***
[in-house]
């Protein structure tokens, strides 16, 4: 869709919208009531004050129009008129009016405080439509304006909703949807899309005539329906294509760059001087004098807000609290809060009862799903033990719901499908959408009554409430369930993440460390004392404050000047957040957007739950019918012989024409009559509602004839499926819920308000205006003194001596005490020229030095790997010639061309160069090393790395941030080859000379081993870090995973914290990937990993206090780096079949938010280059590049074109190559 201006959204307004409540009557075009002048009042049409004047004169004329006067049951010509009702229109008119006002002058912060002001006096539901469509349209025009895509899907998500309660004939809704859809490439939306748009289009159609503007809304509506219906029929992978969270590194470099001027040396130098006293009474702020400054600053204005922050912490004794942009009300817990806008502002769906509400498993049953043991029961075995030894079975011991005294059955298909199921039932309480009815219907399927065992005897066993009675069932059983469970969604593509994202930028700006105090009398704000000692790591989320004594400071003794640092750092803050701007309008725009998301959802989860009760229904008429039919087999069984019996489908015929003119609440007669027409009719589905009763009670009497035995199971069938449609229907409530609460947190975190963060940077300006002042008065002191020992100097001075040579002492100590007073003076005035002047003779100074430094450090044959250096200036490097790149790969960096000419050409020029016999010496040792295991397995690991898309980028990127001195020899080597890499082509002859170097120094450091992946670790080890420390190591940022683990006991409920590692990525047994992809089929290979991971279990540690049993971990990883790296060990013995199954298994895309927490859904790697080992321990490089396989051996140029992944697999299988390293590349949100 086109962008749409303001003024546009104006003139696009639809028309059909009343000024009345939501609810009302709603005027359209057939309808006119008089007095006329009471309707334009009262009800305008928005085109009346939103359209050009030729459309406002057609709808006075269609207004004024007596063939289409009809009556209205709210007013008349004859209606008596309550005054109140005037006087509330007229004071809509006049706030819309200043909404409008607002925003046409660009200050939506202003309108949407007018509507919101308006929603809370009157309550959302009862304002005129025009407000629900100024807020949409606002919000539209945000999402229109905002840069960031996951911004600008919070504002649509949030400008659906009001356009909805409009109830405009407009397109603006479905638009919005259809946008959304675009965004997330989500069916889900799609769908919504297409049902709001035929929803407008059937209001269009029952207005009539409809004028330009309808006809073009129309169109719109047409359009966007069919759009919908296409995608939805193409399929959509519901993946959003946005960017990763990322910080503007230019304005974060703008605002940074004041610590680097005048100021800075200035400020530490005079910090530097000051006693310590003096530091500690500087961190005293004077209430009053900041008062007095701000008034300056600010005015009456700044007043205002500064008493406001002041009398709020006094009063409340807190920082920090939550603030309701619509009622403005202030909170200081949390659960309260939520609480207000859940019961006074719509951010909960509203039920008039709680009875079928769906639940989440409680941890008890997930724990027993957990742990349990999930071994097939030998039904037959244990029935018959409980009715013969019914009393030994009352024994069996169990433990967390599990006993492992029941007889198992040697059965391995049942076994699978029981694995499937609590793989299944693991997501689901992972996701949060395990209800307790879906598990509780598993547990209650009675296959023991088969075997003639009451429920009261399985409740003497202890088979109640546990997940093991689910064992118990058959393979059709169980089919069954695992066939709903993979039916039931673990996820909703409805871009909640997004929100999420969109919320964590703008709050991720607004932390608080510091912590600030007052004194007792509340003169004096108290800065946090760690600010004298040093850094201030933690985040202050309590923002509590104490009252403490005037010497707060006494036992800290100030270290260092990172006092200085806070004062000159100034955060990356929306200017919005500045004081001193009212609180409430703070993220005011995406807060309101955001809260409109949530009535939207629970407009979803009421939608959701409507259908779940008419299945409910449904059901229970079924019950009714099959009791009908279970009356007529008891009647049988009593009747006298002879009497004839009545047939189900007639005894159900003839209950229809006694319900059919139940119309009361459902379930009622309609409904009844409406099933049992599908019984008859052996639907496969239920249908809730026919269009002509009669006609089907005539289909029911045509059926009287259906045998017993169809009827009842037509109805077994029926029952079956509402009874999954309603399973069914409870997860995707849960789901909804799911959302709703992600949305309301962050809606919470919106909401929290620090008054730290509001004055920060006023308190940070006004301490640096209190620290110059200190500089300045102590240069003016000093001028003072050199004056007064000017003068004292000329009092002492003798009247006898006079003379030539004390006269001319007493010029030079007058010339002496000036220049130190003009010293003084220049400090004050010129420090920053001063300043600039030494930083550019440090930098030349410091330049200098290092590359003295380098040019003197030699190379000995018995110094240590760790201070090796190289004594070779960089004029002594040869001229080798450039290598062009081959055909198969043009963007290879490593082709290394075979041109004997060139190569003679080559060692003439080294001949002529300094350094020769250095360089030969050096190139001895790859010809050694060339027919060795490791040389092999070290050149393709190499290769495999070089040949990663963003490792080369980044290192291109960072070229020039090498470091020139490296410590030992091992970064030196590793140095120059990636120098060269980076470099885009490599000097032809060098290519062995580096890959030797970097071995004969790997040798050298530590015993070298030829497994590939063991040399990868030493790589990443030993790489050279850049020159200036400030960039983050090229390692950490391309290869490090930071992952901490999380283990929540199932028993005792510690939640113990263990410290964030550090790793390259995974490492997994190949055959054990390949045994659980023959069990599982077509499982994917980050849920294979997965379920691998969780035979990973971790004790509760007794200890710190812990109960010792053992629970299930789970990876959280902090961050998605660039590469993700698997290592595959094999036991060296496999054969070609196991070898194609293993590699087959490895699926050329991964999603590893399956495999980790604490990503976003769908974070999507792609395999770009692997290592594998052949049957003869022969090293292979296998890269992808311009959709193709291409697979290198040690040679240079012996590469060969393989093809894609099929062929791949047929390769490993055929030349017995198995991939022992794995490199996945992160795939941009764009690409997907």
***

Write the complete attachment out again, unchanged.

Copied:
[in-house]
């Protein structure tokens, strides 16, 4: 869709919208009531004050129009008129009016405080439509304006909703949807899309005539329906294509760059001087004098807000609290809060009862799903033990719901499908959408009554409430369930993440460390004392404050000047957040957007739950019918012989024409009559509602004839499926819920308000205006003194001596005490020229030095790997010639061309160069090393790395941030080859000379081993870090995973914290990937990993206090780096079949938010280059590049074109190559 201006959204307004409540009557075009002048009042049409004047004169004329006067049951010509009702229109008119006002002058912060002001006096539901469509349209025009895509899907998500309660004939809704859809490439939306748009289009159609503007809304509506219906029929992978969270590194470099001027040396130098006293009474702020400054600053204005922050912490004794942009009300817990806008502002769906509400498993049953043991029961075995030894079975011991005294059955298909199921039932309480009815219907399927065992005897066993009675069932059983469970969604593509994202930028700006105090009398704000000692790591989320004594400071003794640092750092803050701007309008725009998301959802989860009760229904008429039919087999069984019996489908015929003119609440007669027409009719589905009763009670009497035995199971069938449609229907409530609460947190975190963060940077300006002042008065002191020992100097001075040579002492100590007073003076005035002047003779100074430094450090044959250096200036490097790149790969960096000419050409020029016999010496040792295991397995690991898309980028990127001195020899080597890499082509002859170097120094450091992946670790080890420390190591940022683990006991409920590692990525047994992809089929290979991971279990540690049993971990990883790296060990013995199954298994895309927490859904790697080992321990490089396989051996140029992944697999299988390293590349949100 086109962008749409303001003024546009104006003139696009639809028309059909009343000024009345939501609810009302709603005027359209057939309808006119008089007095006329009471309707334009009262009800305008928005085109009346939103359209050009030729459309406002057609709808006075269609207004004024007596063939289409009809009556209205709210007013008349004859209606008596309550005054109140005037006087509330007229004071809509006049706030819309200043909404409008607002925003046409660009200050939506202003309108949407007018509507919101308006929603809370009157309550959302009862304002005129025009407000629900100024807020949409606002919000539209945000999402229109905002840069960031996951911004600008919070504002649509949030400008659906009001356009909805409009109830405009407009397109603006479905638009919005259809946008959304675009965004997330989500069916889900799609769908919504297409049902709001035929929803407008059937209001269009029952207005009539409809004028330009309808006809073009129309169109719109047409359009966007069919759009919908296409995608939805193409399929959509519901993946959003946005960017990763990322910080503007230019304005974060703008605002940074004041610590680097005048100021800075200035400020530490005079910090530097000051006693310590003096530091500690500087961190005293004077209430009053900041008062007095701000008034300056600010005015009456700044007043205002500064008493406001002041009398709020006094009063409340807190920082920090939550603030309701619509009622403005202030909170200081949390659960309260939520609480207000859940019961006074719509951010909960509203039920008039709680009875079928769906639940989440409680941890008890997930724990027993957990742990349990999930071994097939030998039904037959244990029935018959409980009715013969019914009393030994009352024994069996169990433990967390599990006993492992029941007889198992040697059965391995049942076994699978029981694995499937609590793989299944693991997501689901992972996701949060395990209800307790879906598990509780598993547990209650009675296959023991088969075997003639009451429920009261399985409740003497202890088979109640546990997940093991689910064992118990058959393979059709169980089919069954695992066939709903993979039916039931673990996820909703409805871009909640997004929100999420969109919320964590703008709050991720607004932390608080510091912590600030007052004194007792509340003169004096108290800065946090760690600010004298040093850094201030933690985040202050309590923002509590104490009252403490005037010497707060006494036992800290100030270290260092990172006092200085806070004062000159100034955060990356929306200017919005500045004081001193009212609180409430703070993220005011995406807060309101955001809260409109949530009535939207629970407009979803009421939608959701409507259908779940008419299945409910449904059901229970079924019950009714099959009791009908279970009356007529008891009647049988009593009747006298002879009497004839009545047939189900007639005894159900003839209950229809006694319900059919139940119309009361459902379930009622309609409904009844409406099933049992599908019984008859052996639907496969239920249908809730026919269009002509009669006609089907005539289909029911045509059926009287259906045998017993169809009827009842037509109805077994029926029952079956509402009874999954309603399973069914409870997860995707849960789901909804799911959302709703992600949305309301962050809606919470919106909401929290620090008054730290509001004055920060006023308190940070006004301490640096209190620290110059200190500089300045102590240069003016000093001028003072050199004056007064000017003068004292000329009092002492003798009247006898006079003379030539004390006269001319007493010029030079007058010339002496000036220049130190003009010293003084220049400090004050010129420090920053001063300043600039030494930083550019440090930098030349410091330049200098290092590359003295380098040019003197030699190379000995018995110094240590760790201070090796190289004594070779960089004029002594040869001229080798450039290598062009081959055909198969043009963007290879490593082709290394075979041109004997060139190569003679080559060692003439080294001949002529300094350094020769250095360089030969050096190139001895790859010809050694060339027919060795490791040389092999070290050149393709190499290769495999070089040949990663963003490792080369980044290192291109960072070229020039090498470091020139490296410590030992091992970064030196590793140095120059990636120098060269980076470099885009490599000097032809060098290519062995580096890959030797970097071995004969790997040798050298530590015993070298030829497994590939063991040399990868030493790589990443030993790489050279850049020159200036400030960039983050090229390692950490391309290869490090930071992952901490999380283990929540199932028993005792510690939640113990263990410290964030550090790793390259995974490492997994190949055959054990390949045994659980023959069990599982077509499982994917980050849920294979997965379920691998969780035979990973971790004790509760007794200890710190812990109960010792053992629970299930789970990876959280902090961050998605660039590469993700698997290592595959094999036991060296496999054969070609196991070898194609293993590699087959490895699926050329991964999603590893399956495999980790604490990503976003769908974070999507792609395999770009692997290592594998052949049957003869022969090293292979296998890269992808311009959709193709291409697979290198040690040679240079012996590469060969393989093809894609099929062929791949047929390769490993055929030349017995198995991939022992794995490199996945992160795939941009764009690409997907």